How to Compost Chicken Manure

Compost made from chicken manure can significantly improve the soil’s physical and chemical characteristics, making it a highly effective fertilizer for growing crops.

Due to its high nitrogen content, chicken manure composts faster than traditional plant-based piles. Chicken manure compost piles must be well managed to ensure high temperatures are achieved needed to kill the pathogens associated with chicken manure.

What is Special About Chicken Manure Compost?

Every six months, in addition to its approximately 180 eggs, a chicken produces about 7.5 gallons of litter (34 dm3), which soon accumulates if there are multiple hens.

Ten hens will produce three-quarters of a cubic yard of waste per year (0.57m3).

Chicken manure and the related litter are richer in organic matter than other manures. They include higher levels of nitrogen, potassium, phosphorus, and calcium.

High in nitrogen, chicken litter can be composted in five to six weeks. Composting lowers the ammonia level, which prevents it from burning plants. Additionally, it lessens the pile’s overall size, weight, and stink.

Composting also helps stabilize nutrients, gradually releasing essential nutrients into your beds over several years.

Finally, the high temperatures produced during the composting process will kill most pathogens and weed seeds.

What you Need to Create Chicken Manure Compost

To create good chicken letter compost, you will need the following ingredients, tools, and facilities:

  • Minimally, a cubic yard of chicken pen litter.
  • Two cubic yard-sized bins, preferably insulated from the outside elements. This can be made from pallets or cinder blocks. Check out my video on how to do it. The second bin makes it easier to turn the batch.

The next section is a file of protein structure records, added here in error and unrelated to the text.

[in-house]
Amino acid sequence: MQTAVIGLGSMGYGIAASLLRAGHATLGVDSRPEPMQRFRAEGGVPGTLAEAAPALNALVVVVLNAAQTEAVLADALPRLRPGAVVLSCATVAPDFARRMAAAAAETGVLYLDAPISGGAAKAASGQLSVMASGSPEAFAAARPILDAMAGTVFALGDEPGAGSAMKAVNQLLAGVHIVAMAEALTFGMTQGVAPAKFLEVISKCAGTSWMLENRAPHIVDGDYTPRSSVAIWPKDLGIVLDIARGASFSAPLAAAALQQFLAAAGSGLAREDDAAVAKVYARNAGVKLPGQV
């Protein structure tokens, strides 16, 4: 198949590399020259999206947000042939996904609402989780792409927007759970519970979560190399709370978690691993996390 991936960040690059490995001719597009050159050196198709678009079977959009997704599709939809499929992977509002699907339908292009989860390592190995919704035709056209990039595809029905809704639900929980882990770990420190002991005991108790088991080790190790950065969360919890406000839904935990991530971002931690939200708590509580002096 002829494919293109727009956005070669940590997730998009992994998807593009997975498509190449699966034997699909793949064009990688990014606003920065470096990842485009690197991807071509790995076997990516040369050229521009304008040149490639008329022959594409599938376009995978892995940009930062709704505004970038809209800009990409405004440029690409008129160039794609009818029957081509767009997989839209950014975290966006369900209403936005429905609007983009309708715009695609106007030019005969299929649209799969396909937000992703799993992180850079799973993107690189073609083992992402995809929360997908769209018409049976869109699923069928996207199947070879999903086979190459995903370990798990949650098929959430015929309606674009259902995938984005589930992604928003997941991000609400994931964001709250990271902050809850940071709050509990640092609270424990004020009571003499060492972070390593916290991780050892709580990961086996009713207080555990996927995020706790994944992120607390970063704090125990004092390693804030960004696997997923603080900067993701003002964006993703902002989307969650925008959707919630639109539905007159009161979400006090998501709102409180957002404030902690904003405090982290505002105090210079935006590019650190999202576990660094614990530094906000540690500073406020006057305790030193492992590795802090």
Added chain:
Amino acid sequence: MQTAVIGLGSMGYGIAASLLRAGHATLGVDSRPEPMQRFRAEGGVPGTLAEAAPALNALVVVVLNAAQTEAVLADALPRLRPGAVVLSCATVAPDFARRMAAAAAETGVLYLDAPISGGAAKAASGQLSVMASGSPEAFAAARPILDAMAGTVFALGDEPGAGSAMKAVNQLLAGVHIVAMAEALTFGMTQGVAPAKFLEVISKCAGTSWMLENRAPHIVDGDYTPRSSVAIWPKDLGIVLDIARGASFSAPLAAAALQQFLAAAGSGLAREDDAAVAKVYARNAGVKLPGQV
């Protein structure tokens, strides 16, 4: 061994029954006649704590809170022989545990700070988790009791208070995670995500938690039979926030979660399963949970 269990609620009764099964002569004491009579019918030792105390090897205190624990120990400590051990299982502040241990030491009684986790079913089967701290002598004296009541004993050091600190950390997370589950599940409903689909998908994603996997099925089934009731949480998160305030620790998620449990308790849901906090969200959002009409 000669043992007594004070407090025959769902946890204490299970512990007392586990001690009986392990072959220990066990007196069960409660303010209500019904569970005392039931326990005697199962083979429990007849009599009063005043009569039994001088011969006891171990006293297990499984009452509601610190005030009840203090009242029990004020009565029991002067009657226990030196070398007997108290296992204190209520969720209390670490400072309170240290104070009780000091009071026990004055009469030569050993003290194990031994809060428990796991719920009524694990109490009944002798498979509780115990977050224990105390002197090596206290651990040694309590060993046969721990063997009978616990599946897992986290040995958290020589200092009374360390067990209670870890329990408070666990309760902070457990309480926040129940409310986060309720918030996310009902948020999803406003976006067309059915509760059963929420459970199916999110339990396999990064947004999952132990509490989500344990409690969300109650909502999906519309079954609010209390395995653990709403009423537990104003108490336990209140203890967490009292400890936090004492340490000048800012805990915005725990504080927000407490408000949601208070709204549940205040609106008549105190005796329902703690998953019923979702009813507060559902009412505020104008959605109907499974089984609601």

• A long thermometer – at least a two-foot long sensor to allow you to measure the batch’s center temperature.
  • A pitchfork to turn the batch.
  • Ready access to water.
  • Core strength – needed to turn the batch. It’s quite a workout!

Compost Chicken Manure Temperatures

Things heat up when we combine nitrogen, carbon materials, air, and water in a closed environment. This is due to chemical reactions caused by different microorganisms (bacteria, fungi, actinomycetes) consuming nitrogen and carbon.

Typically, mesophile organisms are involved in the initial decomposition and survive the first heat spike that may reach temperatures of 113⁰F (45⁰C) during the first two to eight days.

This first activity salvo lowers the pH of the mixture due to the production of organic acids.

Thermophile organisms push temperatures above 113⁰F (45 °C), replacing some mesophilic microorganisms.

Thermophiles break down more complex carbon sources, such as cellulose and lignin, transform nitrogen into ammonia, and boost the mixture’s pH (more alkaline).

As temperatures rise above 140⁰F (60⁰C), spore-producing bacteria and actinomycetes appear, allowing the humus to smell like earth.

These two bacteria break down waxes, hemicelluloses, and more complex proteins.

High temperatures reduce the biological activity and pasteurize the batch, killing pathogens and weed seeds.

During this phase, the mixture must be frequently ventilated to supply oxygen to the microorganisms so they can continue the decomposition process.

Organic Composting Note: